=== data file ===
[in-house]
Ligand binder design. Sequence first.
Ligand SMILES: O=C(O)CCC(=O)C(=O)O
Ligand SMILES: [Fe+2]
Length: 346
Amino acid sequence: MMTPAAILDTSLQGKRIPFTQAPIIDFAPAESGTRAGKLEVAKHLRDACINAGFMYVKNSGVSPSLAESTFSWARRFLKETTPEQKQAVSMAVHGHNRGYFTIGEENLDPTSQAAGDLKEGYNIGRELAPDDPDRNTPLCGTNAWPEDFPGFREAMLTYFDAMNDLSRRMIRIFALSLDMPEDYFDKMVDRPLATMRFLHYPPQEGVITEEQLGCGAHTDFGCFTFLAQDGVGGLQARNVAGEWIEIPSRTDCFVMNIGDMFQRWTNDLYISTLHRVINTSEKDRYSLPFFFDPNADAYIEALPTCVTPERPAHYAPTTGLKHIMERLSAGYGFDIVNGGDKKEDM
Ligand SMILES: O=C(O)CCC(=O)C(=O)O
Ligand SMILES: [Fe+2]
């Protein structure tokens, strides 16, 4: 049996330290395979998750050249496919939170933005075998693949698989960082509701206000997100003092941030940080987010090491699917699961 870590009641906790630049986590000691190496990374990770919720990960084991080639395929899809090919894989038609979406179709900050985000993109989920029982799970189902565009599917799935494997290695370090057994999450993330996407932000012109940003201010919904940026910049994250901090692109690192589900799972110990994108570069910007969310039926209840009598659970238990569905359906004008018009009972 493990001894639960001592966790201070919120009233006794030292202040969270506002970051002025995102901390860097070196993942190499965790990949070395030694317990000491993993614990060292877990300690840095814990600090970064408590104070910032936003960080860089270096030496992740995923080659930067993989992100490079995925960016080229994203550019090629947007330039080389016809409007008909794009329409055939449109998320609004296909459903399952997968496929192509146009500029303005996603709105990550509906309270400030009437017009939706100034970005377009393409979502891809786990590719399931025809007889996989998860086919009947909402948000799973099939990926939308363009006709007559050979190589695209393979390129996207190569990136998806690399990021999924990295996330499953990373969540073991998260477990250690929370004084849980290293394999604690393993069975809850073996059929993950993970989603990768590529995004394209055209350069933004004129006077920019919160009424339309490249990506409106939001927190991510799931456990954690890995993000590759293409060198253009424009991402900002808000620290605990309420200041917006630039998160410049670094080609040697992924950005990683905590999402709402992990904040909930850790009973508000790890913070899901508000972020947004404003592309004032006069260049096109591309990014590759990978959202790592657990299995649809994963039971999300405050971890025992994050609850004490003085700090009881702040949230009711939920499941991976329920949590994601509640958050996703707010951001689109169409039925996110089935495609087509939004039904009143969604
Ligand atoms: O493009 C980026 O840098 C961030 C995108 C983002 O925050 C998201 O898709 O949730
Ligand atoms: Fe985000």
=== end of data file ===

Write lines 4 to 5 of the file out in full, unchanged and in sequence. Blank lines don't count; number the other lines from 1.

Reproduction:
Ligand SMILES: [Fe+2]
Length: 346